DIY Duck Hunting Saskatchewan's Prairie Pothole Country
"Look up, ya'll!-¿ I hissed. Already I could see swirling flecks of black stacked up overhead. They were on us so fast we barely had time to pick out targets-"mallards in flocks of 10 and 100, skirring above us so close I could see their eyeballs pivoting, looking for a place to land. The birds never stopped coming. For 20 minutes we lay in the blinds, silent, watching as hundreds of mallards, pintails, gadwall, wigeon, and shovelers swirled overhead, in range, sometimes mere feet away. Without a word we seemed to be in agreement: Watch and wonder. Make it last and soak it in, because we'd never seen anything like this and we might never again. Greg Sweney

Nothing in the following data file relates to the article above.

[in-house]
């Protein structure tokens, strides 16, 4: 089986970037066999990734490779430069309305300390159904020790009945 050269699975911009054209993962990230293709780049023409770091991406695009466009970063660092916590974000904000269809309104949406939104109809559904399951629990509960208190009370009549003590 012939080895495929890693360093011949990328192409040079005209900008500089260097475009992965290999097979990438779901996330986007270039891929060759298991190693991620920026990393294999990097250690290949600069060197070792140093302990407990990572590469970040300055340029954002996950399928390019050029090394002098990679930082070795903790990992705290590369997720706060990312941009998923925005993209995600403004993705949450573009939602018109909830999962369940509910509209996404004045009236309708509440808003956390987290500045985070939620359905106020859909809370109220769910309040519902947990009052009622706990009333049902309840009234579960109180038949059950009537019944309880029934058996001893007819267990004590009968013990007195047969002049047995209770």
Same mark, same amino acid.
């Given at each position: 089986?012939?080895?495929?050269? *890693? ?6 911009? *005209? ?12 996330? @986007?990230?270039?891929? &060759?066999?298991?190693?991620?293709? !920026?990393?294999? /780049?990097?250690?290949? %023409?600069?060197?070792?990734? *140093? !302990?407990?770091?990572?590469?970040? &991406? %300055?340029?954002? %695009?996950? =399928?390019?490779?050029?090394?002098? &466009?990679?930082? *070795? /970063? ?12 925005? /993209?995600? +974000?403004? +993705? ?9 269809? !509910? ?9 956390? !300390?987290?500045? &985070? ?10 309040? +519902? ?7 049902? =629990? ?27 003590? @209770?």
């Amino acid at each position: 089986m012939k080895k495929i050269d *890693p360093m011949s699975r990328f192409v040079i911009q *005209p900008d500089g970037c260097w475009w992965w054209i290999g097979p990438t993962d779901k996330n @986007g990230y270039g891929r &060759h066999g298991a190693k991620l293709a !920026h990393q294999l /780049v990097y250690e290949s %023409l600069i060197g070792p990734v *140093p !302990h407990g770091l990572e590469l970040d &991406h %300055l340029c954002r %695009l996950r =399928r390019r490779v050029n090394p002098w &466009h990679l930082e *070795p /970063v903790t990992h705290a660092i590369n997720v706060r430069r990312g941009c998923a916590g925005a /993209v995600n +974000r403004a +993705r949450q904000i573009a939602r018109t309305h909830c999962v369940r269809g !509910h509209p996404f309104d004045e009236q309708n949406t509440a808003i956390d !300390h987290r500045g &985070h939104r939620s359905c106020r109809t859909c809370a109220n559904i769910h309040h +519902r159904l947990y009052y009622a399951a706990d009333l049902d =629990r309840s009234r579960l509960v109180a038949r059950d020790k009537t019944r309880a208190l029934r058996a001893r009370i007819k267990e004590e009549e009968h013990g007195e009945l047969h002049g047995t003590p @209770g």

Winter fishing often means ice spuds or augers, and spending the day peering into a dark hole while sitting on the ice. When the action’s steady, you don’t notice the cold. Once bites become sparse, however, it seems to penetrate to the bone. A few anglers have found keeping warm isn’t a problem, however. They’ve discovered virtually untapped fisheries on the Lake Michigan side in the warm-water discharges from nearby power plants. The power companies allow anglers access to these streams and discharges, as long as fishermen follow the rules. Some favorite spots include the ponds at the State Line Generating Station on the Illinois-Indiana border and at the Amoco Oil Co. plant off 119th Street in Whiting. Both plants allow day and night fishing. Two plants operated by Northern Indiana Public Service Company offer dawn-till-dusk fishing on their ponds. One is off Clark Road in Gary, the other is at the end of Wabash Street in Michigan City. This type of warm-water discharge often produces good catches of brown trout, with cohos, steelhead and chinooks also taken. Drum and smallmouth bass round out the opportunities. Favorite attractants include crawlers, spawn bags and small alewives, along with Little Cleos and Rapalas in sizes 7 and 9. A good and timely mix of baits will give you the best fishing from December through February. Contact: Indiana Fisheries Division (317-232-4080).